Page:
Re: Proposal to add HTML class attributes to SRFIs to aid machine-parsing Arthur A. Gleckler (06 Mar 2019 03:03 UTC)
Re: Proposal to add HTML class attributes to SRFIs to aid machine-parsing Marc Nieper-Wißkirchen (06 Mar 2019 10:12 UTC)

Re: Proposal to add HTML class attributes to SRFIs to aid machine-parsing Arthur A. Gleckler 06 Mar 2019 03:03 UTC

Lassi Kortela <xxxxxx@lassi.io> writes:

| What if we had a script that uses one of those popular tagsoup
libraries (lenient HTML -> strict HTML) and then does
post-processing to generate something close enough to the
standardized (X)HTML structure we want? If the script worked well
enough, that could be low-friction enough for SRFI authors.

I checked with John Cowan, and he at least abandons his Markdown
source once the conversion to HTML has been done.

| Always nice to have more tools at our disposal!

I just tried PUP on several SRFIs and was impressed.  It should be
possible to use that on the documents directly, perhaps with a few
tweaks to PUP.  I'm still not convinced of the need to go all the
way to XHTML.

| Like Ciprian, I would be in favor of XHTML eventually because
it's easier to parse (XML libraries are absolutely everywhere and
are more reliable than tagsoup). We may be able to use a tagsoup
library to automatically convert HTML to XHTML.

If there's a reliable way to convert from HTML to XHTML, then
there's no need for XHTML to be the on-disk format.

| In my mind, the big issue re: volunteers would be the huge
backlog of existing SRFIs. But again there's no time pressure. If
it takes 3 years to convert the whole backlog the result will
still be useful.

I agree.

| Perhaps it would be best to first settle on the right format for
new SRFIs. Then once we convert the old ones, we'd stand a chance
to get the conversion right once and not have to go back and do a
second round of fixups to them.

I agree.  I would love to see a few example SRFIs converted to the
proposed format so that we can have a concrete discussion.

| I would prefer to have the SRFI source documents in a standard
format, and then have an API server built upon that
foundation. The API could serve, index and query them in a number
of different ways, whatever people need. The API server would be
open source so hardcode users can also use it locally as a
library. But I would strongly favor a "single point of truth" in
the documents themselves instead of a separately maintained index
(indexes auto-generated from the source documents are fine, in any
format). This based on observing a kind of Murphy's Law that "Any
information that can go out of sync, will go out of sync" :)

I agree.  The more I think about it, the more I agree that the
ultimate source of truth should be the documents themselves.

| I fully agree with these points. In particular, it'd be very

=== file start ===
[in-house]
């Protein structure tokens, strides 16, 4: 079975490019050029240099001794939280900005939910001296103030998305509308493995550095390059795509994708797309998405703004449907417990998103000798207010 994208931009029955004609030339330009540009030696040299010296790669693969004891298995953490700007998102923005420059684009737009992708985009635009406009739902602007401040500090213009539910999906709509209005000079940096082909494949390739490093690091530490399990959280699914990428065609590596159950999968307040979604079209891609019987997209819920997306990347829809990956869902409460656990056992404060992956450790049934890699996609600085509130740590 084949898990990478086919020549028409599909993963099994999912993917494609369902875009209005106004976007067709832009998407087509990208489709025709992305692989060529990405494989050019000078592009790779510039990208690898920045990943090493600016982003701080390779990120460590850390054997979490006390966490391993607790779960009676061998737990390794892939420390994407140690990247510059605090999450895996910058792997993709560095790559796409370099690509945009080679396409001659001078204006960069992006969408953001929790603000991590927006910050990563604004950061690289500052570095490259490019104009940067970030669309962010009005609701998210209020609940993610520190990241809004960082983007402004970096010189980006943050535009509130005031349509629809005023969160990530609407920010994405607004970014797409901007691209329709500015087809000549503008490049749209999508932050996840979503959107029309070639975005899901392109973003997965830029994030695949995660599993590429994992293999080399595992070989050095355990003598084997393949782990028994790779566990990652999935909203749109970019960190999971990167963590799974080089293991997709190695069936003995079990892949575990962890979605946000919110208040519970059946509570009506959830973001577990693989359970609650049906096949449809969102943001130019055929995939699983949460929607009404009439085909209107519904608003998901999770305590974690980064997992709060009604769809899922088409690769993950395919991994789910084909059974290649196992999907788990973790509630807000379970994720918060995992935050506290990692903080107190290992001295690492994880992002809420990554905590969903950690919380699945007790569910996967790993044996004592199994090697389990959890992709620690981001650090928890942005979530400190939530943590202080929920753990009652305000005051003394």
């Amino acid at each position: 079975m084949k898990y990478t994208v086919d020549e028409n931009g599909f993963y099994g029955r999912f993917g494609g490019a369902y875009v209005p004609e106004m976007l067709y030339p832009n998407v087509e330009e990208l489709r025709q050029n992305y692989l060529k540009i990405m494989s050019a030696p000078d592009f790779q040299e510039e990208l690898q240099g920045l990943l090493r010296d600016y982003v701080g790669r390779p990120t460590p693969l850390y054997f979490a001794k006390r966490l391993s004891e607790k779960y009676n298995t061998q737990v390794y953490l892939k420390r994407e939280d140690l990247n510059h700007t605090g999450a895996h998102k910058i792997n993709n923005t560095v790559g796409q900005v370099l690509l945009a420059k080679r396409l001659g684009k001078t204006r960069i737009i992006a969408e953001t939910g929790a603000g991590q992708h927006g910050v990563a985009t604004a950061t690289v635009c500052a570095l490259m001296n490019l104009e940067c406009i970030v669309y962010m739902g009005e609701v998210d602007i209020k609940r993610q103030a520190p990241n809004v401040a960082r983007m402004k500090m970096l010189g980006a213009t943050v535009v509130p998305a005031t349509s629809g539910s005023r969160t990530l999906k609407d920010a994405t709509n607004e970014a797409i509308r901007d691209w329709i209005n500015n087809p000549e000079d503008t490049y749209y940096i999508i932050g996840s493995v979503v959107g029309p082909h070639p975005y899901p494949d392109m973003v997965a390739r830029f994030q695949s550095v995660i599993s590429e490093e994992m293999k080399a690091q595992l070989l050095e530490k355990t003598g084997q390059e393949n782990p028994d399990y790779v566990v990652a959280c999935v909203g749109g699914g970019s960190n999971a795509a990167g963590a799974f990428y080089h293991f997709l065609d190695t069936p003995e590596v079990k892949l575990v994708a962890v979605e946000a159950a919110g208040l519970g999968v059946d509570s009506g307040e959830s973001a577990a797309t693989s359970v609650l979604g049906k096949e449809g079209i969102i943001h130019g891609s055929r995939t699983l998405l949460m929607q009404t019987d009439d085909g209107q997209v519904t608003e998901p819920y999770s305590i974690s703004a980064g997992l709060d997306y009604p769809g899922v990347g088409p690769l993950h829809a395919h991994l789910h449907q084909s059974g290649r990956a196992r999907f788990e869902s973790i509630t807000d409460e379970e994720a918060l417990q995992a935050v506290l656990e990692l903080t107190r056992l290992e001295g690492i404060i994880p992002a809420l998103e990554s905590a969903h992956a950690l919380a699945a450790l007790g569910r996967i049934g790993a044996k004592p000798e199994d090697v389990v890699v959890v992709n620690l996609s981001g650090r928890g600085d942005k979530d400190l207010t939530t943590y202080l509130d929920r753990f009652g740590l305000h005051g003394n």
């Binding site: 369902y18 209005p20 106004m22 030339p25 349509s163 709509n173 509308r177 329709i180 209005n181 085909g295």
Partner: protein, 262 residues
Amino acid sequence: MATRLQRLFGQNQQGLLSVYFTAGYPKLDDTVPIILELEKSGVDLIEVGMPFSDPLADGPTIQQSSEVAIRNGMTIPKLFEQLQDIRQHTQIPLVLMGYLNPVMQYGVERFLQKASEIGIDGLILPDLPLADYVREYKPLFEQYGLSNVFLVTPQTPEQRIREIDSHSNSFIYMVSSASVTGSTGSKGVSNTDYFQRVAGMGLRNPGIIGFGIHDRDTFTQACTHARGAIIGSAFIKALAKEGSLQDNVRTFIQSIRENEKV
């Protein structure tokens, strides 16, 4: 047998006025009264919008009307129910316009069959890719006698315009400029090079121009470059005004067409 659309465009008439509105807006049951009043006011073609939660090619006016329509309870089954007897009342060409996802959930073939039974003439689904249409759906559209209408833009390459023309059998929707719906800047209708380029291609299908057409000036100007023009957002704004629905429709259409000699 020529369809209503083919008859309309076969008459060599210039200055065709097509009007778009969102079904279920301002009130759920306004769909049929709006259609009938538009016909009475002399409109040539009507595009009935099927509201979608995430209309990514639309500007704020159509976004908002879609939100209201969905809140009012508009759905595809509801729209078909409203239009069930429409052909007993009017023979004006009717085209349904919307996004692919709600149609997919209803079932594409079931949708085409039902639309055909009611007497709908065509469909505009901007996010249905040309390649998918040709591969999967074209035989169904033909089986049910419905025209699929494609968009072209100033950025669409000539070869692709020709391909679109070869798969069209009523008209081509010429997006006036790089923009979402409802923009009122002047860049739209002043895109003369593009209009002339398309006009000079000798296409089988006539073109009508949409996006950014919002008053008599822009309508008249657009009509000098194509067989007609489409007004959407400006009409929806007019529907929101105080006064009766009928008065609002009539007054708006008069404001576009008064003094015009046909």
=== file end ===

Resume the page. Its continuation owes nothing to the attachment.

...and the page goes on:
nice if the final format doesn't require a tagsoup parser library,
but can use a strict XML parser instead. IMHO it's fine if we use
tagsoup to do the initial conversion from the author's HTML to the
final format, but once an SRFI is in the final format, it would be
nice to let tool writers use simple and reliable parsers.

I will defer to those who do the work.

| Arthur would be in the best position to estimate whether the
workload is reasonable. Having a very involved SRFI editor would
obviously produce the best documents, but volunteer work can also
be pretty draining and thankless at times, and most people need
breaks and lighter periods now and then to keep motivated.

Being SRFI editor is already a lot of work, so I'm inclined not to
increase the amount of work required.  Even if there are
volunteers, coordinating volunteers requires work, and volunteers
tend not to be as fast as one person at turning things around.
Part of the reason I believe that the SRFI process has been
successful recently, if I may say so, is that I've been turning
new drafts and updates to SRFIs around so quickly, usually within
hours and almost never taking more than a day or two.  It would be
hard to do that with a coordinated effort.

On the other hand, if we can still go through the existing SRFI
process without any extra work, then do the work of converting
formats and adding annotations afterwards, then only the indexes
will fall behind.  That's probably a reasonable compromise.

| Should we have more beta testers though? At least Per Bothner
| expressed some measure of interest in one of last year's

I have recently sent a private message to each of the most recent
SRFI authors, asking them to participate in this discussion on
<srfi-discuss>.  That includes Per.

| In my experience, quality of tools is strongly correlated with
the simplicity of the format. People love to write lots of tools
for simple formats because it's immediately rewarding. On the
other hand, complex things tend to have poor tooling even with
lots of industry backing. So IMHO the priority would be to make
the format simple and familiar (hence similar to HTML). Not saying
the IETF RFC XML is too complex but it seems quite verbose and
divergent from HTML.

I agree.

| I would suggest roughly the following design approach:
| * Start with some version of XHTML
| * Use only the XHTML tags we need in a rigid structure
| * Add class attributes to signify everything else
| * Specify a standard CSS stylesheet using those tags and classes

That sounds good.  Concretely, what I would like to see is an
example SRFI converted in this way.